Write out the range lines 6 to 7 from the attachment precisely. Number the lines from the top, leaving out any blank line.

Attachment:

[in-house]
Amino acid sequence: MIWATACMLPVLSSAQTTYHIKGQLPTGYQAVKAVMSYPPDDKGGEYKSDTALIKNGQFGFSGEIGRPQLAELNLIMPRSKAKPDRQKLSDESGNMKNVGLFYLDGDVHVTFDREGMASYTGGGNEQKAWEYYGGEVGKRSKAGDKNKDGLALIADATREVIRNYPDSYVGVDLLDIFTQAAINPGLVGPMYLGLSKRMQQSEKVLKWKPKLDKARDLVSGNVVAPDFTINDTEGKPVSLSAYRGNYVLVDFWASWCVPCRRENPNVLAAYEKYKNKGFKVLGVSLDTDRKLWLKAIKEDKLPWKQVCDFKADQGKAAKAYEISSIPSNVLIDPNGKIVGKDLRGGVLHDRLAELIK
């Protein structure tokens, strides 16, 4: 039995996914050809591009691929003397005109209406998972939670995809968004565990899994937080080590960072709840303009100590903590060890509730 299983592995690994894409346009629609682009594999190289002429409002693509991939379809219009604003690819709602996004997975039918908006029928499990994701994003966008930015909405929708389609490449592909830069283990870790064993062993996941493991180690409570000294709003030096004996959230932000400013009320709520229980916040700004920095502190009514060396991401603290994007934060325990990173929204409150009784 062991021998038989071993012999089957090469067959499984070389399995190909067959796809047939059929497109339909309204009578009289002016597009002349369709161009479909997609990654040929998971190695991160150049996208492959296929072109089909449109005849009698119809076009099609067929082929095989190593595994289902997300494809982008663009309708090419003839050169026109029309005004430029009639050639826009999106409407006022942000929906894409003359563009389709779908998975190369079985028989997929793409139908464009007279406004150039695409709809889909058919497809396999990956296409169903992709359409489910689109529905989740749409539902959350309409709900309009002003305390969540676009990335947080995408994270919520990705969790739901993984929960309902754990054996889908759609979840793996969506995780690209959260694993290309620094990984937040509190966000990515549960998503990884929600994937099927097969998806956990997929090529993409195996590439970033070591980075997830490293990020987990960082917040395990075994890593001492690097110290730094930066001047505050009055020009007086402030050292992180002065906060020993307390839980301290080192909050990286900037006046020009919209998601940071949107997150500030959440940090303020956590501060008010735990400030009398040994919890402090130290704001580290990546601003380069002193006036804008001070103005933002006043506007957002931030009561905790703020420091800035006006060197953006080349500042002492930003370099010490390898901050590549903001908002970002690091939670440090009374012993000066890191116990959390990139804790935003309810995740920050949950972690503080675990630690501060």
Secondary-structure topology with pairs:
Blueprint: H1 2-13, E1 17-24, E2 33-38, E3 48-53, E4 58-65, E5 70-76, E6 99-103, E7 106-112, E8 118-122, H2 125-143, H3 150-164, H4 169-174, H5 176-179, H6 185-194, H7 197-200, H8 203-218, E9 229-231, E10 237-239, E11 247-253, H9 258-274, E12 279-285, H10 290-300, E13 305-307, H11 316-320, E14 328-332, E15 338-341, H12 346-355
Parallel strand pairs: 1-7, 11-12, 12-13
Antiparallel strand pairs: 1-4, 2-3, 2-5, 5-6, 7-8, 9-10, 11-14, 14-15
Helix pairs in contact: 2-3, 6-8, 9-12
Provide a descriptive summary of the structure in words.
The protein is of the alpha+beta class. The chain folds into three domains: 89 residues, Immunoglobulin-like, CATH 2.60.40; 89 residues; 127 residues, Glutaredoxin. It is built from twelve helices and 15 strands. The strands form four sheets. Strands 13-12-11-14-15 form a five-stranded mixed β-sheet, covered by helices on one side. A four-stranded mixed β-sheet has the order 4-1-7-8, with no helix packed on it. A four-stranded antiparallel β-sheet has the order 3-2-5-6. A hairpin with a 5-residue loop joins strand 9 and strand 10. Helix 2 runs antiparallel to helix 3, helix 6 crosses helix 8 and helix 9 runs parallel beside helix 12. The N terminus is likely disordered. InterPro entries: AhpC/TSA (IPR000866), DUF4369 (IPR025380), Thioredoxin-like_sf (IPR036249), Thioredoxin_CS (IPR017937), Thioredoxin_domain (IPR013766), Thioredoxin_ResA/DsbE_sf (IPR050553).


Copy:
Parallel strand pairs: 1-7, 11-12, 12-13
Antiparallel strand pairs: 1-4, 2-3, 2-5, 5-6, 7-8, 9-10, 11-14, 14-15